- Nonfarm payrolls increase 213,000 in June
- Unemployment rate rises to 4.0 percent
- Average hourly earnings rise 0.2 percent
- Trade deficit narrows 6.6 percent in May
U.S. job growth increased more than expected in June as manufacturers stepped up hiring, but steady wage gains pointed to moderate inflation pressures that should keep the Federal Reserve on a path of gradual interest rate increases.
Nonfarm payrolls rose by 213,000 jobs last month, the Labor Department said on Friday. Data for April and May was revised to show 37,000 more jobs created than previously reported. The economy needs to create roughly 120,000 jobs per month to keep up with growth in the working-age population.
The unemployment rate rose to 4.0 percent from an 18-year low of 3.8 percent in June as more people entered the labor force in a sign of confidence in the jobs market. That was the first increase in the jobless rate in 10 months.
The labor force participation rate, or the proportion of working-age Americans who have a job or are looking for one, rose to 62.9 percent last month from 62.7 percent in May. It had declined for three straight months.
Average hourly earnings gained five cents, or 0.2 percent in June after increasing 0.3 percent in May. That kept the annual increase in average hourly earnings at 2.7 percent.
The moderate wage growth should allay fears of a strong build-up in inflation pressures. The Fed’s preferred inflation measure hit the central bank’s 2 percent target in May for the first time in six years. It is expected to hover around its target for a while, in part because of labor market tightness.
Minutes of the Fed’s June 12-13 policy meeting published on Thursday offered an upbeat assessment of the labor market. The U.S. central bank increased interest rates last month for the second time this year and has projected two more rate hikes by year end.
The dollar extended losses against the euro and the yen after the employment report. Prices for U.S. Treasuries rose. U.S. stock index futures were little changed.
With a record 6.7 million unfilled jobs in April, economists are optimistic that wage growth will accelerate later this year.
Economists polled by Reuters had forecast nonfarm payrolls increasing by 195,000 jobs last month and the unemployment rate steady at 3.8 percent.
ROBUST ECONOMIC GROWTH
A broader measure of unemployment, which includes people who want to work but have given up searching and those working part-time because they cannot find full-time employment, rose to 7.8 percent last month from a 17-year low of 7.6 percent in May.
The employment report together with data from the Commerce Department showing the trade deficit narrowed 6.6 percent to a 1-1/2-year low of $43.1 billion in May reinforced expectations of robust economic growth in the second quarter.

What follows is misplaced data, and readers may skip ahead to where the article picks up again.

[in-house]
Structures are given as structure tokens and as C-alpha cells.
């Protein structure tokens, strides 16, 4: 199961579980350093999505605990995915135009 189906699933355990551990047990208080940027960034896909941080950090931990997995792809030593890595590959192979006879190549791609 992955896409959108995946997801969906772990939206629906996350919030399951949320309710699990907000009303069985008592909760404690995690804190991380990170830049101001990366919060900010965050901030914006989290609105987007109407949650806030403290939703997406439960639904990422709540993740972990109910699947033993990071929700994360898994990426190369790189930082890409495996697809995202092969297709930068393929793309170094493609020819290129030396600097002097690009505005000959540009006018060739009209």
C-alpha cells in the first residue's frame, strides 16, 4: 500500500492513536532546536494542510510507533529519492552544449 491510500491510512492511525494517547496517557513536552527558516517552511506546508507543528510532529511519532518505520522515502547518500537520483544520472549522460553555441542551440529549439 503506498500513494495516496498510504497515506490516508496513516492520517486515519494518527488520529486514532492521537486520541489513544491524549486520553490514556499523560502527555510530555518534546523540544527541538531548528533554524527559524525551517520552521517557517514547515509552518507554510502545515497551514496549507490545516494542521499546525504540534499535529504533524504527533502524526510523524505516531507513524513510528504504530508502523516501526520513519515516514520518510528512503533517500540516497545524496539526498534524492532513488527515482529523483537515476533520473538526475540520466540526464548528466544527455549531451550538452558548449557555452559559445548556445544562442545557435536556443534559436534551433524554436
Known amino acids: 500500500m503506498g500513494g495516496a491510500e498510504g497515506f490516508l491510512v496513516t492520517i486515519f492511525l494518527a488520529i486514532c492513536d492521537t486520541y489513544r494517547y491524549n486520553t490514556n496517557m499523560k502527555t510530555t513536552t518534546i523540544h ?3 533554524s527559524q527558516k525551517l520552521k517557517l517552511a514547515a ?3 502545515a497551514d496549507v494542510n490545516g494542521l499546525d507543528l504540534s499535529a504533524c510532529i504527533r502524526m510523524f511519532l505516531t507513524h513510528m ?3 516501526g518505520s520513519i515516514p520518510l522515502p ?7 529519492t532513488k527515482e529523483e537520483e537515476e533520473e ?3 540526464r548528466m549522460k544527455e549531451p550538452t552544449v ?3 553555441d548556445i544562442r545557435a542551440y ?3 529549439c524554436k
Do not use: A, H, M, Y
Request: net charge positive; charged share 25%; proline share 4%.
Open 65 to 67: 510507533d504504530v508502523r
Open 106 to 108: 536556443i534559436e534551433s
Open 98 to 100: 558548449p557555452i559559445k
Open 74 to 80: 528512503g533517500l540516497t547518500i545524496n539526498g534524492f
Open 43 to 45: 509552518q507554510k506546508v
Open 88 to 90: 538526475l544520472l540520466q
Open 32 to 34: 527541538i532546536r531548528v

Gross domestic product estimates for the April-June period are above a 4 percent annualized rate, double the 2.0 percent pace logged in the first quarter.
But the Trump administration’s “America First” trade policy, which has tipped the United States into a trade war with China poses a risk to the labor market and economy.
President Donald Trump has imposed tariffs on a range of imported goods, including steel and aluminum, to protect domestic industries from what he says is unfair competition from foreign manufacturers.
Major trade partners, including China, Canada, Mexico and the European Union, have retaliated with their own tariffs. The U.S. and China slapped tit-for-tat duties on $34 billion worth of the other’s imports on Friday.
Economists have warned the tit-for-tat import tariffs could disrupt the supply chain, undermine business investment and raise prices for consumers, and wipe out the stimulus from a $1.5 trillion tax cut package that came into effect in January.
They expect the manufacturing sector to bear the brunt of the trade fights, through a slowdown in hiring and capital expenditure. But for now the sector, which accounts for about 12 percent of the U.S. economy, appears in good health.
Manufacturers hired 36,000 workers in June, the most in six months, adding to the 19,000 jobs created in May. The factory jobs were concentrated in the automobile sector, which had seen a decline in employment in May after a fire at a parts supplier disrupted production.
Construction payrolls rose by 13,000 last month after rising by 29,000 jobs in May. There were increases in professional and business services employment as well as leisure and hospitality. But retailers cut 21,600 jobs last month, after boosting payrolls by 25,100 in May.
Government payrolls increased by 11,000 jobs in June. That followed an increase of 5,000 jobs in May.